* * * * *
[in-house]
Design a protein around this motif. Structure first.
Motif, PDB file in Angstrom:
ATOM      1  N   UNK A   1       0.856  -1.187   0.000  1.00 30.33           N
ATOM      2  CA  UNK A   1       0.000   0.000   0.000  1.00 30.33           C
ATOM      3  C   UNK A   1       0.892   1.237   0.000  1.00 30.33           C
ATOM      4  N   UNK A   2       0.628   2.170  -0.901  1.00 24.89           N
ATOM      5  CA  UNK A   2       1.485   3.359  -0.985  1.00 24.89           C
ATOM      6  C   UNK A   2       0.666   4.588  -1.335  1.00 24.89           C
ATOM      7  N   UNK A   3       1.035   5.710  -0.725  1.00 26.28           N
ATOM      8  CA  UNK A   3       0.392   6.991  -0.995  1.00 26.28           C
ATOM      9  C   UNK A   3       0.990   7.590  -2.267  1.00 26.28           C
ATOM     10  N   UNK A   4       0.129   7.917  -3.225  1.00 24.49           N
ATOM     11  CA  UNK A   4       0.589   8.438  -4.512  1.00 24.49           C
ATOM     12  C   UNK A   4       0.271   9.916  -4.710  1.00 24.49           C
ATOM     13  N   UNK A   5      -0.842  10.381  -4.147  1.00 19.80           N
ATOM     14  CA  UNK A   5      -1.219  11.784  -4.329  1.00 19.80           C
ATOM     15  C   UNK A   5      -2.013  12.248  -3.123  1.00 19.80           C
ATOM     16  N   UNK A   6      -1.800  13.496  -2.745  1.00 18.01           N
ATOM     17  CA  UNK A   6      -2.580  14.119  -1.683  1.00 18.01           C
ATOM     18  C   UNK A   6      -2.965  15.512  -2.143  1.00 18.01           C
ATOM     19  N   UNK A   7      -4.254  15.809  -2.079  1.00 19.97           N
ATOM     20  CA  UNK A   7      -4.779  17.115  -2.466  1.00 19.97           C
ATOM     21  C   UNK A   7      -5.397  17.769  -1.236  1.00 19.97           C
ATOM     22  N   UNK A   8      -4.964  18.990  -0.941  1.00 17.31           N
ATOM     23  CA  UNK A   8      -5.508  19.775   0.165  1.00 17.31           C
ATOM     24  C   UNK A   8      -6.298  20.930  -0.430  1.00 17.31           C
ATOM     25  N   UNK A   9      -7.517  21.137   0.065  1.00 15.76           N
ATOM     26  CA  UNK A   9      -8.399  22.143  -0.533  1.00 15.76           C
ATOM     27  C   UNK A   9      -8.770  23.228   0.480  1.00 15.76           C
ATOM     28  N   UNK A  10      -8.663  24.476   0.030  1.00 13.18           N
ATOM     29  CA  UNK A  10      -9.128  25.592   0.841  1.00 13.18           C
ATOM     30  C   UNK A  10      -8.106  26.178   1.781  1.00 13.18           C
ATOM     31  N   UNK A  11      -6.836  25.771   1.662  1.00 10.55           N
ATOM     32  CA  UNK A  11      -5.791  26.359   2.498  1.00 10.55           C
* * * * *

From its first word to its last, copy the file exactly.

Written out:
[in-house]
Design a protein around this motif. Structure first.
Motif, PDB file in Angstrom:
ATOM      1  N   UNK A   1       0.856  -1.187   0.000  1.00 30.33           N
ATOM      2  CA  UNK A   1       0.000   0.000   0.000  1.00 30.33           C
ATOM      3  C   UNK A   1       0.892   1.237   0.000  1.00 30.33           C
ATOM      4  N   UNK A   2       0.628   2.170  -0.901  1.00 24.89           N
ATOM      5  CA  UNK A   2       1.485   3.359  -0.985  1.00 24.89           C
ATOM      6  C   UNK A   2       0.666   4.588  -1.335  1.00 24.89           C
ATOM      7  N   UNK A   3       1.035   5.710  -0.725  1.00 26.28           N
ATOM      8  CA  UNK A   3       0.392   6.991  -0.995  1.00 26.28           C
ATOM      9  C   UNK A   3       0.990   7.590  -2.267  1.00 26.28           C
ATOM     10  N   UNK A   4       0.129   7.917  -3.225  1.00 24.49           N
ATOM     11  CA  UNK A   4       0.589   8.438  -4.512  1.00 24.49           C
ATOM     12  C   UNK A   4       0.271   9.916  -4.710  1.00 24.49           C
ATOM     13  N   UNK A   5      -0.842  10.381  -4.147  1.00 19.80           N
ATOM     14  CA  UNK A   5      -1.219  11.784  -4.329  1.00 19.80           C
ATOM     15  C   UNK A   5      -2.013  12.248  -3.123  1.00 19.80           C
ATOM     16  N   UNK A   6      -1.800  13.496  -2.745  1.00 18.01           N
ATOM     17  CA  UNK A   6      -2.580  14.119  -1.683  1.00 18.01           C
ATOM     18  C   UNK A   6      -2.965  15.512  -2.143  1.00 18.01           C
ATOM     19  N   UNK A   7      -4.254  15.809  -2.079  1.00 19.97           N
ATOM     20  CA  UNK A   7      -4.779  17.115  -2.466  1.00 19.97           C
ATOM     21  C   UNK A   7      -5.397  17.769  -1.236  1.00 19.97           C
ATOM     22  N   UNK A   8      -4.964  18.990  -0.941  1.00 17.31           N
ATOM     23  CA  UNK A   8      -5.508  19.775   0.165  1.00 17.31           C
ATOM     24  C   UNK A   8      -6.298  20.930  -0.430  1.00 17.31           C
ATOM     25  N   UNK A   9      -7.517  21.137   0.065  1.00 15.76           N
ATOM     26  CA  UNK A   9      -8.399  22.143  -0.533  1.00 15.76           C
ATOM     27  C   UNK A   9      -8.770  23.228   0.480  1.00 15.76           C
ATOM     28  N   UNK A  10      -8.663  24.476   0.030  1.00 13.18           N
ATOM     29  CA  UNK A  10      -9.128  25.592   0.841  1.00 13.18           C
ATOM     30  C   UNK A  10      -8.106  26.178   1.781  1.00 13.18           C
ATOM     31  N   UNK A  11      -6.836  25.771   1.662  1.00 10.55           N
ATOM     32  CA  UNK A  11      -5.791  26.359   2.498  1.00 10.55           C